- Benjamin Bell: U.S. Buddhist in Seoul by JOKB
Benjamin Bell: U.S. Buddhist in Seoul
When Benjamin V. Bell tells people he is a Buddhist, the reaction from most is: "Pure surprise, and usually laughter and smiles, because we literally are all one in the universe (and) they know that.
"But because I`m American, maybe they expect me to be like a certain outgoing cowboy from Texas who uses `strategery` to become the `decider,`" he said.
Being a foreign Buddhist in K..# 2009.01.21
- Buddhist Center Serves Free Lunch by JOKB
Serves Lunch for the Elderly around
There is no one at home. The wife passed away a few years back. The children are grown. They don’t call much. The old man is alone. Where does he go? Without a specific destination, he will take the bus or subway. He will get off at Jongno 3ga Station. He will invariably stroll into
(Tapkol Gongwon). He’ll take up a game of Baduk..# 2008.12.21
- Korean English Dictionary of Buddhism by JOKB
- Korean English Dictionary of Buddhism..# 2008.12.18
- The Whole World is a Single Flower Conference 2008 by Dok Jang
The Whole World Is a Single Flower
Last September, the seventh tri-annual “The Whole World Is a Single Flower” international Buddhist conference took place in
. Every three years the conference is hosted in a different country where Seon Master Seung Sahn's teaching is alive, and has been practiced in one of his numerous Seon centers. In 2005, the conference was held in , and this year it crossed the..# 2008.11.26
- 10 Virtues of Vegetarianism by JOKB
- 10 Virtues of Vegetarianism# 2008.07.17
- Two Kinds of Homesickness by Matthew Wegehaupt
- One thousand or so years ago, a monk of the Silla dynasty named Hyecho made an amazing journey to what were then called the “Five Kingdoms of India.” Venturing west from China, Hyecho meandered on foot first through the pilgrimage sites of Buddhism and then beyond, reaching all the way to modern-day Tibet, Pakistan, Afghanistan, and Iran, before safely returning. We know all this because some one hundred years ago, a fragmentary manuscript of Hy..# 2007.10.31
- Leaving Home by Myong Haeng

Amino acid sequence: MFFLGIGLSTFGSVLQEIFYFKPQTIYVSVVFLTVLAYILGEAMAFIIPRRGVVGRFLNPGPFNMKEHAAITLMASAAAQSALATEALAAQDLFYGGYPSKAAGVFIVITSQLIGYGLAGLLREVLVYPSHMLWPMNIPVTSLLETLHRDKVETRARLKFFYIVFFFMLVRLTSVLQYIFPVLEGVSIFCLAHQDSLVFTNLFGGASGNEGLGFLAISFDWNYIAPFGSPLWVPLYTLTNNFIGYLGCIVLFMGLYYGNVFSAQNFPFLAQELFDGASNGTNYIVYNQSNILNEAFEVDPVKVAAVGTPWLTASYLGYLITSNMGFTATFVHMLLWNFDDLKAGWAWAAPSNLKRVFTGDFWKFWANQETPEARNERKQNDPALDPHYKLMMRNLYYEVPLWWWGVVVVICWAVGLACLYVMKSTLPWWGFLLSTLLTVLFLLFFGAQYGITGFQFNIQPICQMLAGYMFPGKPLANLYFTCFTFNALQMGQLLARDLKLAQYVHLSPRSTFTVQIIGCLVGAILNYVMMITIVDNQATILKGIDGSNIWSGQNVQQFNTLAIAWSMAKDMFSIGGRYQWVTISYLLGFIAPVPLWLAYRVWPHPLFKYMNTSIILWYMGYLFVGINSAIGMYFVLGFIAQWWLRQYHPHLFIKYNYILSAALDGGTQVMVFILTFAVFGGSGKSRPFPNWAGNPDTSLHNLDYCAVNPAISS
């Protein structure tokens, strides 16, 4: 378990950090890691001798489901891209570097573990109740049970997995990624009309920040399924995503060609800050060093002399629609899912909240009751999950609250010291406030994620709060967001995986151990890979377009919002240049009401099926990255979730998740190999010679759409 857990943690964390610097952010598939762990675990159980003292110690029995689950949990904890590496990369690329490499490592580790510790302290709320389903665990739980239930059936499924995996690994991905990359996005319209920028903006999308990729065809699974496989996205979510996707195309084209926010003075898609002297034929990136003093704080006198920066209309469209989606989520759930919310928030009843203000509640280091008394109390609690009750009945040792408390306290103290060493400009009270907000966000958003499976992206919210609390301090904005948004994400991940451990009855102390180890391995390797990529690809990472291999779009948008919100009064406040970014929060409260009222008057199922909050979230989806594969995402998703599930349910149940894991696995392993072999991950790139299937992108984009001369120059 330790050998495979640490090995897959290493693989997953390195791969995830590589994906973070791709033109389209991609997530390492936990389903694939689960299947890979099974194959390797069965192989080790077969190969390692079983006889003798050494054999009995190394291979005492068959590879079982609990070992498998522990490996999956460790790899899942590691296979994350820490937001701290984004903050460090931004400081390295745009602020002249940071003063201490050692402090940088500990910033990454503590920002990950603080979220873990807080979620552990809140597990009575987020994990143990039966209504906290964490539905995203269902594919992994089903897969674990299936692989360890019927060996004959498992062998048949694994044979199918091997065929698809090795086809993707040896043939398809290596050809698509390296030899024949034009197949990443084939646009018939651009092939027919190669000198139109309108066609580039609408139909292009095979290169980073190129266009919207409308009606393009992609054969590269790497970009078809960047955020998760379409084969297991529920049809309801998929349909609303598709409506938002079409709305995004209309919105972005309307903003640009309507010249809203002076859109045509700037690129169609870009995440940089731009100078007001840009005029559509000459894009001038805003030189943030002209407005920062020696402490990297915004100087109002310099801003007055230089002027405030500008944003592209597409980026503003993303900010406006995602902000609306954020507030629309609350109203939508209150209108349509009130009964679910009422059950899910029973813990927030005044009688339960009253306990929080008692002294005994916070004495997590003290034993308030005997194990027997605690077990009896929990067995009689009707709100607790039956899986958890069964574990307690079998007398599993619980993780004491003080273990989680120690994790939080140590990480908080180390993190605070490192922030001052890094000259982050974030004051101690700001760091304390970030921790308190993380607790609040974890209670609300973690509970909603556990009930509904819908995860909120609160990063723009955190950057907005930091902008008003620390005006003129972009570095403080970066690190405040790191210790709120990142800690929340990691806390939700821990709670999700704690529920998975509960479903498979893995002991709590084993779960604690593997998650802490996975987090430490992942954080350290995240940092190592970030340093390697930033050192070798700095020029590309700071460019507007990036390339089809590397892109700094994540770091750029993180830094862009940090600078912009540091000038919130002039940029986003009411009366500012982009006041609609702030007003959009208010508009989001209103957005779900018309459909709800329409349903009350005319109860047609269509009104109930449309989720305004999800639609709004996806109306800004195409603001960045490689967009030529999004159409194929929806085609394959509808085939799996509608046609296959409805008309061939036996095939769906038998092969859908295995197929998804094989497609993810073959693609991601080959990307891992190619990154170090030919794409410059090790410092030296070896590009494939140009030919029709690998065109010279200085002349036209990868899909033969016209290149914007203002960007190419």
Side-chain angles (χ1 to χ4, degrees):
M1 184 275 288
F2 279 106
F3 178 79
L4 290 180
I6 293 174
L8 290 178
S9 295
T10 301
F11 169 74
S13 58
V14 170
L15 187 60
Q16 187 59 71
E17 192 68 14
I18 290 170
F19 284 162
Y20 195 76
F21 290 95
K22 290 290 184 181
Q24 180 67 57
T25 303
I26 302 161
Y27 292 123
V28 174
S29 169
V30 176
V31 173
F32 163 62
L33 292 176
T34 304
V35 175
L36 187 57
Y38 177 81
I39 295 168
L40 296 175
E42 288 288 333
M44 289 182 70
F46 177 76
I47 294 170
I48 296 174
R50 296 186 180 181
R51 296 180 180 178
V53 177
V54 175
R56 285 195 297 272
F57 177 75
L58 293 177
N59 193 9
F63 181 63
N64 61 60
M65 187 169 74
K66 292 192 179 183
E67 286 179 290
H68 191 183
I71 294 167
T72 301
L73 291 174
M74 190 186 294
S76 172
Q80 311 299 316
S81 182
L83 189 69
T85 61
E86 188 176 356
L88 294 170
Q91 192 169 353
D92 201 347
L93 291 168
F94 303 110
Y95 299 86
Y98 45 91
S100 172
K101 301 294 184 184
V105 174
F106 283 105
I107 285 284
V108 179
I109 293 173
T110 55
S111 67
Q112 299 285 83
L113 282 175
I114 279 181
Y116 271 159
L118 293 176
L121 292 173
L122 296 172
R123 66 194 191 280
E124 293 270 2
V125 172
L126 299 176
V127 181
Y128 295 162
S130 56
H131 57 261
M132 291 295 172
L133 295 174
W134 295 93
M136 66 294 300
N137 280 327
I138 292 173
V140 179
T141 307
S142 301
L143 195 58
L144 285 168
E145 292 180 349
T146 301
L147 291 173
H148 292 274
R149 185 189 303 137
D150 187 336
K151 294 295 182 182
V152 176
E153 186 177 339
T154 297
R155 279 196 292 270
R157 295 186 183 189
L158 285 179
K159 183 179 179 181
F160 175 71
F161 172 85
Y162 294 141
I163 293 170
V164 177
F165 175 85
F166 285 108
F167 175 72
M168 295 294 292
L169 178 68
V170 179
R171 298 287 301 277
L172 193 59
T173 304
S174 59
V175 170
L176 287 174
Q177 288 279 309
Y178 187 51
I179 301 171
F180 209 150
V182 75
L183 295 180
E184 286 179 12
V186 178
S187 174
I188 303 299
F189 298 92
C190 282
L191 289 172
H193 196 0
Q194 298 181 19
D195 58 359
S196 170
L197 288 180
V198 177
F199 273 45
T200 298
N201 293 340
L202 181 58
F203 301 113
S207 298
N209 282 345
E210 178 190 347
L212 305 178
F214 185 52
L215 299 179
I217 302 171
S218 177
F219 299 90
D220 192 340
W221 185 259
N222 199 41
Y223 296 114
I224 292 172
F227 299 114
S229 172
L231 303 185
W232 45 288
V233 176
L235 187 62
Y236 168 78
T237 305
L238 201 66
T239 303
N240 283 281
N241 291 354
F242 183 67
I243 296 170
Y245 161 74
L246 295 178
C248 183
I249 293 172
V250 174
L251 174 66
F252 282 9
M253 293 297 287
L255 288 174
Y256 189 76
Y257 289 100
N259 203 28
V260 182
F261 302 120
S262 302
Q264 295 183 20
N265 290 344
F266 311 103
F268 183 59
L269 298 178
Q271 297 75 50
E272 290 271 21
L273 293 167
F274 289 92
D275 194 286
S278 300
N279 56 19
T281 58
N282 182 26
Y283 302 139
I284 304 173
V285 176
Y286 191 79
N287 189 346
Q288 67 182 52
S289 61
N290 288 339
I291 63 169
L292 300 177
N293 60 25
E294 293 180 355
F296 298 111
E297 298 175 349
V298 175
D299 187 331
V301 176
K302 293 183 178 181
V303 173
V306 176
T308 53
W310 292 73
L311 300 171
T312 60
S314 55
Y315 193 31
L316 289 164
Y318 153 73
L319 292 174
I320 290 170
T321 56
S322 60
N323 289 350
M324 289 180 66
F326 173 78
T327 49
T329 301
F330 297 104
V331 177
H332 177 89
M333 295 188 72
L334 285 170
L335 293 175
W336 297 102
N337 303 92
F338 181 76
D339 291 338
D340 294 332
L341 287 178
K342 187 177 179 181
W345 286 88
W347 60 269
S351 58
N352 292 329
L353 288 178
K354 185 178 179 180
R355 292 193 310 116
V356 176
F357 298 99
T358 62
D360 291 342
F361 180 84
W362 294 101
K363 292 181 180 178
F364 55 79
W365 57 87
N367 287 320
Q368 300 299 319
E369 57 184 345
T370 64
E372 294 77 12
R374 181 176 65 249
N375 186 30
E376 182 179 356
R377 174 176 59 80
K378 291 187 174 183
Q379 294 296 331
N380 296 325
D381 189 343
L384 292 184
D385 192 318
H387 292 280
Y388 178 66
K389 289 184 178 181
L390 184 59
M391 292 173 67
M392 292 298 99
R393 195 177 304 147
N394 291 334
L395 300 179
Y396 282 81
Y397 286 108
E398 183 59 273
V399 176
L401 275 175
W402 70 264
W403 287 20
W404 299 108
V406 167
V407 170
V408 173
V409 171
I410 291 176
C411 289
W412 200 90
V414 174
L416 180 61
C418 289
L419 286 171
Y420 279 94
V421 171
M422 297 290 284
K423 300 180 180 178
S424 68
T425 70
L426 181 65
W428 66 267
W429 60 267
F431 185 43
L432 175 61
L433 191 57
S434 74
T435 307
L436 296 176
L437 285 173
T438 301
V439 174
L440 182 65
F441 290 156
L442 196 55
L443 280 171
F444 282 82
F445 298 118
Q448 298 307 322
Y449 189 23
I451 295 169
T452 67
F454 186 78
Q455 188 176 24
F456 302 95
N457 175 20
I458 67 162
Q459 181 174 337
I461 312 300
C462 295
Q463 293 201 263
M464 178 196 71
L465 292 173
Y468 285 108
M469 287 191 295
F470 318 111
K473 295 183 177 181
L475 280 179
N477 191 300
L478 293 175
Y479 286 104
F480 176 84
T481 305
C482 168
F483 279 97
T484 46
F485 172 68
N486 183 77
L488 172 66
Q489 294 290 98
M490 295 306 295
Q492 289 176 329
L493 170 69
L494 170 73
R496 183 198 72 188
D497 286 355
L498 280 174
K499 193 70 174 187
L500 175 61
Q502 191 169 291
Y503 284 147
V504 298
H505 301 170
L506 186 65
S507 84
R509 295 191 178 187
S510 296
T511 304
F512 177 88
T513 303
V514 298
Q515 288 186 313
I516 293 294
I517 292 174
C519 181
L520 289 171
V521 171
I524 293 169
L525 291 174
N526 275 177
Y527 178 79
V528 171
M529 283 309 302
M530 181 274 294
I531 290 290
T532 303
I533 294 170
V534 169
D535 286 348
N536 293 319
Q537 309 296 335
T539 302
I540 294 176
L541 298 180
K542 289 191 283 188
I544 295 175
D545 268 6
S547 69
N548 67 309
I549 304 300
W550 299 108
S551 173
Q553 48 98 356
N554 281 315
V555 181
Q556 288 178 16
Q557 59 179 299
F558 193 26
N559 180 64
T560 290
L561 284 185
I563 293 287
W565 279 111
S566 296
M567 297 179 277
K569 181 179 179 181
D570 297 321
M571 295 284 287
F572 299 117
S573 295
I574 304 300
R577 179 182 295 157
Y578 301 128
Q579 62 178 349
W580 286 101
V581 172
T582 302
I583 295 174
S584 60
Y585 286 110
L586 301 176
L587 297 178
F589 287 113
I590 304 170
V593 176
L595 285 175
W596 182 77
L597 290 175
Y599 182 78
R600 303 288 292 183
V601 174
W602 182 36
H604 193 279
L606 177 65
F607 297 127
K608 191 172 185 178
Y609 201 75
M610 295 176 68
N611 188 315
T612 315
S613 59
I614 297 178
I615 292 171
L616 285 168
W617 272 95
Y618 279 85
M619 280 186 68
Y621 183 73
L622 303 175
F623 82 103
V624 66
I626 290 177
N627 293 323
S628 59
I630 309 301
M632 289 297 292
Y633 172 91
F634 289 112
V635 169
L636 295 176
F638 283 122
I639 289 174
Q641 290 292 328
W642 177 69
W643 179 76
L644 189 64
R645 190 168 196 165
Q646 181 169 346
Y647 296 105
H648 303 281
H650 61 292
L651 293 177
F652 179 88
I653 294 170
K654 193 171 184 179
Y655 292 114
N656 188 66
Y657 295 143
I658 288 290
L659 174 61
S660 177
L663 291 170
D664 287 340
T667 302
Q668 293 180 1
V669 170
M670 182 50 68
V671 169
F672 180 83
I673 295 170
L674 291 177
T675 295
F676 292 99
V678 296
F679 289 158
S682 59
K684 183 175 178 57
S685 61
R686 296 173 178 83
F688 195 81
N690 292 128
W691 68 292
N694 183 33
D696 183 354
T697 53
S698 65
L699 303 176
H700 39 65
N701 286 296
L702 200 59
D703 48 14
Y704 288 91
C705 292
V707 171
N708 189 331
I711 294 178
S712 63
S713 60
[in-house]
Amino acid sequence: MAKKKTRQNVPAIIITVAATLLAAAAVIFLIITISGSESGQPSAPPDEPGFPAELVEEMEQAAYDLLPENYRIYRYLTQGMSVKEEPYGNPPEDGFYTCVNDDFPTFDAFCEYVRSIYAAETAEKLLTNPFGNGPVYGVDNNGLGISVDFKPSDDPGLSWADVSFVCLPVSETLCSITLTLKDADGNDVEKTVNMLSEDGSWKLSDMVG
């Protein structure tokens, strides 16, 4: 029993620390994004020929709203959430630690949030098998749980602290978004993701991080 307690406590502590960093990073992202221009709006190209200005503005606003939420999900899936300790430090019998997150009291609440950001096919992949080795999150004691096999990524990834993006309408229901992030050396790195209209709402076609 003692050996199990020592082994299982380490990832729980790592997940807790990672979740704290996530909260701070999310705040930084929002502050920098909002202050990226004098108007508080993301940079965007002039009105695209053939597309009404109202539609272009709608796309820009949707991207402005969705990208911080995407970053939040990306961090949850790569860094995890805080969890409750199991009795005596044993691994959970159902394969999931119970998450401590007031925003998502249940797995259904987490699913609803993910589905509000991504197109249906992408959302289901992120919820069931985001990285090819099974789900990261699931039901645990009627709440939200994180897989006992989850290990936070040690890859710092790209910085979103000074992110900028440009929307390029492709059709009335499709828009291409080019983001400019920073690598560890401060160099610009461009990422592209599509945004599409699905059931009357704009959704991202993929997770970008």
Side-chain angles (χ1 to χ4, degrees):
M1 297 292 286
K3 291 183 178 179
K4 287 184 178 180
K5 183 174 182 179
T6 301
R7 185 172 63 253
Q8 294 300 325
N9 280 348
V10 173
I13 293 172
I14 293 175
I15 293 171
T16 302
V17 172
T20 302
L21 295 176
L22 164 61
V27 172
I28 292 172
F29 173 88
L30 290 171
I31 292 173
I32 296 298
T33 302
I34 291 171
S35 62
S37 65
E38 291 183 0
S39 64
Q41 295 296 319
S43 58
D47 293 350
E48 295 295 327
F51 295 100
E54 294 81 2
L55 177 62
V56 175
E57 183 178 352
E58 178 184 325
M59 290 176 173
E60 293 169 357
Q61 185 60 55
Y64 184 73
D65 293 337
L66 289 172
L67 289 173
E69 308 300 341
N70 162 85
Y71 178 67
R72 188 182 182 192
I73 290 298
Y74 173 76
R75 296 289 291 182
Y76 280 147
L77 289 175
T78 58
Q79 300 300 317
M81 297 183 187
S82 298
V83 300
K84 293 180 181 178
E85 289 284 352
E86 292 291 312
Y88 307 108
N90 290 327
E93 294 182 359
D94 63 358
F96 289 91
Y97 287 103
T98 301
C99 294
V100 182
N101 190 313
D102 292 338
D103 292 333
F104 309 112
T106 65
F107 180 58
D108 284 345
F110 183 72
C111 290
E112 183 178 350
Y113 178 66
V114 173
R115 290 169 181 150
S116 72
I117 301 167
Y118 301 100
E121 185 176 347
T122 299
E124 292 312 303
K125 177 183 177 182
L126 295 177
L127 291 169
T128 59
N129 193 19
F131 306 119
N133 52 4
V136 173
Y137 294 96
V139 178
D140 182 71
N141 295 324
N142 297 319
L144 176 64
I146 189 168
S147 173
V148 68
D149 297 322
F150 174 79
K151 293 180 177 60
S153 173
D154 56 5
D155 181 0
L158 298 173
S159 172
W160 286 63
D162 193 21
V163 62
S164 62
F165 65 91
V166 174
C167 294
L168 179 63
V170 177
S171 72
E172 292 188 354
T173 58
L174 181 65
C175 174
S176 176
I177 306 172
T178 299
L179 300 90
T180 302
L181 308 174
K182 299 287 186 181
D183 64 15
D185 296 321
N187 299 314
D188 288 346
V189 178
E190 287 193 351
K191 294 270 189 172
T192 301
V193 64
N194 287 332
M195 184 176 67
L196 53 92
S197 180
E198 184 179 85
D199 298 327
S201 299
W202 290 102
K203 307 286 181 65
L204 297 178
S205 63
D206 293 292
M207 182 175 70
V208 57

- All of those who have experienced life as foreigners here in Korea have gotten used to a certain level of inquisitiveness from people on the street. Some of the most common questions asked are, of course, “Where are you from?”, or “Do you like Korean food?”# 2007.10.30
- Alive and . . . well . . . by Matthew Wegehaupt
- What’s been most comfortable and consistent in my relationship with Korean Buddhism is the general openness that welcomes my presence as a foreign layperson at temples across the country. The achim yebul (morning service) in particular was once a frightening cacophony. The complex chants and choreographed group prostrations were a nerve-wracking 4:00 am test, one I knew I’d fail – stumbling, sweating, mumbling through the chants and bows. Yet, n..# 2007.09.11
- Can Tourism Save Korean Buddhism? by JOKB
- Can Tourism Save Korean Buddhism? [Opinion] Tania Campbell on the state of religion in this predominantly Christian nation Buddhism has been an integral part of Korean culture for nearly 2,000 years. With the meteoric rise of Christianity, however, it is losing its relevance and is seen as something to be suspicious of. Hope for reviving and preserving this religious tradition may come in the form of tourists, travelers, pilgrims and seekers who..# 2007.03.16
- Son Buddhism - Korean Zen by JOKB
- Son Buddhism - Korean Zen
The Korean word for Ch'an or Zen is Son.
Buddhism is highly significant in Korea. The latest figures (1991) show 26 Buddhist sects and 9,231 temples with more than 11 million followers in Korea.
The largest Son sect today in Korea is the Chogye Order which includes about 90% of Korean Buddhists.
The name 'Chogye' is significant in that it was named after the mountain in south China where the great Sixth Patriarch, H..# 2007.03.16